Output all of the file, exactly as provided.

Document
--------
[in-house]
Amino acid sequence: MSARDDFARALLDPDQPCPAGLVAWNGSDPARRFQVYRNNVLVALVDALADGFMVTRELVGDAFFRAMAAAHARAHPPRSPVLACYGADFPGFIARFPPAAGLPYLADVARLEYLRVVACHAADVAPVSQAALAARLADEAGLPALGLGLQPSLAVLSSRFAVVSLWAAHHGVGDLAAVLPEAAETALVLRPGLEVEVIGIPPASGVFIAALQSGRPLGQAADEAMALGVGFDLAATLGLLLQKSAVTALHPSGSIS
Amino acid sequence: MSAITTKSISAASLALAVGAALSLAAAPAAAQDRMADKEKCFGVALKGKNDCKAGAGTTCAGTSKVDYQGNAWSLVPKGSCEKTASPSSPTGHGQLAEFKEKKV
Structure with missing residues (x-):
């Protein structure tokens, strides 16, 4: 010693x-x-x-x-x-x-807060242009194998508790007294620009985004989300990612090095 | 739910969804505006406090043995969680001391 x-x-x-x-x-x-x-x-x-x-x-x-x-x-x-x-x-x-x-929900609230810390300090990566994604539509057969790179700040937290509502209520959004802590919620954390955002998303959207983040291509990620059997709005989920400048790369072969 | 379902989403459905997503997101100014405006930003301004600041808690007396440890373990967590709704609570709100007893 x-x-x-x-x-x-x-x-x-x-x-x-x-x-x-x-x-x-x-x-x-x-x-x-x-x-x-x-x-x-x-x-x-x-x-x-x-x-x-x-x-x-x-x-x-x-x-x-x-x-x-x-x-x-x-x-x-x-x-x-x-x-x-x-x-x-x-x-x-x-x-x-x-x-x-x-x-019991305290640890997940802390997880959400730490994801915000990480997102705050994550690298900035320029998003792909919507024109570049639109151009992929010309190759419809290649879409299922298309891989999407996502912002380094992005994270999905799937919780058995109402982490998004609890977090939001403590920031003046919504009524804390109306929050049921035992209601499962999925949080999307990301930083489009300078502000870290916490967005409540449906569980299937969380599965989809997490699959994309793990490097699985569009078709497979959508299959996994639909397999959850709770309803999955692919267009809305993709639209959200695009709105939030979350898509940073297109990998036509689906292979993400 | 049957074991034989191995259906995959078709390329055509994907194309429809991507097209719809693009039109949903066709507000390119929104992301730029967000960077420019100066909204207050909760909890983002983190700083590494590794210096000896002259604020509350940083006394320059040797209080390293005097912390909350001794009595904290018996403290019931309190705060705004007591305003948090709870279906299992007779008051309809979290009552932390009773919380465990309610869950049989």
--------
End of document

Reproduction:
[in-house]
Amino acid sequence: MSARDDFARALLDPDQPCPAGLVAWNGSDPARRFQVYRNNVLVALVDALADGFMVTRELVGDAFFRAMAAAHARAHPPRSPVLACYGADFPGFIARFPPAAGLPYLADVARLEYLRVVACHAADVAPVSQAALAARLADEAGLPALGLGLQPSLAVLSSRFAVVSLWAAHHGVGDLAAVLPEAAETALVLRPGLEVEVIGIPPASGVFIAALQSGRPLGQAADEAMALGVGFDLAATLGLLLQKSAVTALHPSGSIS
Amino acid sequence: MSAITTKSISAASLALAVGAALSLAAAPAAAQDRMADKEKCFGVALKGKNDCKAGAGTTCAGTSKVDYQGNAWSLVPKGSCEKTASPSSPTGHGQLAEFKEKKV
Structure with missing residues (x-):
């Protein structure tokens, strides 16, 4: 010693x-x-x-x-x-x-807060242009194998508790007294620009985004989300990612090095 | 739910969804505006406090043995969680001391 x-x-x-x-x-x-x-x-x-x-x-x-x-x-x-x-x-x-x-929900609230810390300090990566994604539509057969790179700040937290509502209520959004802590919620954390955002998303959207983040291509990620059997709005989920400048790369072969 | 379902989403459905997503997101100014405006930003301004600041808690007396440890373990967590709704609570709100007893 x-x-x-x-x-x-x-x-x-x-x-x-x-x-x-x-x-x-x-x-x-x-x-x-x-x-x-x-x-x-x-x-x-x-x-x-x-x-x-x-x-x-x-x-x-x-x-x-x-x-x-x-x-x-x-x-x-x-x-x-x-x-x-x-x-x-x-x-x-x-x-x-x-x-x-x-x-019991305290640890997940802390997880959400730490994801915000990480997102705050994550690298900035320029998003792909919507024109570049639109151009992929010309190759419809290649879409299922298309891989999407996502912002380094992005994270999905799937919780058995109402982490998004609890977090939001403590920031003046919504009524804390109306929050049921035992209601499962999925949080999307990301930083489009300078502000870290916490967005409540449906569980299937969380599965989809997490699959994309793990490097699985569009078709497979959508299959996994639909397999959850709770309803999955692919267009809305993709639209959200695009709105939030979350898509940073297109990998036509689906292979993400 | 049957074991034989191995259906995959078709390329055509994907194309429809991507097209719809693009039109949903066709507000390119929104992301730029967000960077420019100066909204207050909760909890983002983190700083590494590794210096000896002259604020509350940083006394320059040797209080390293005097912390909350001794009595904290018996403290019931309190705060705004007591305003948090709870279906299992007779008051309809979290009552932390009773919380465990309610869950049989």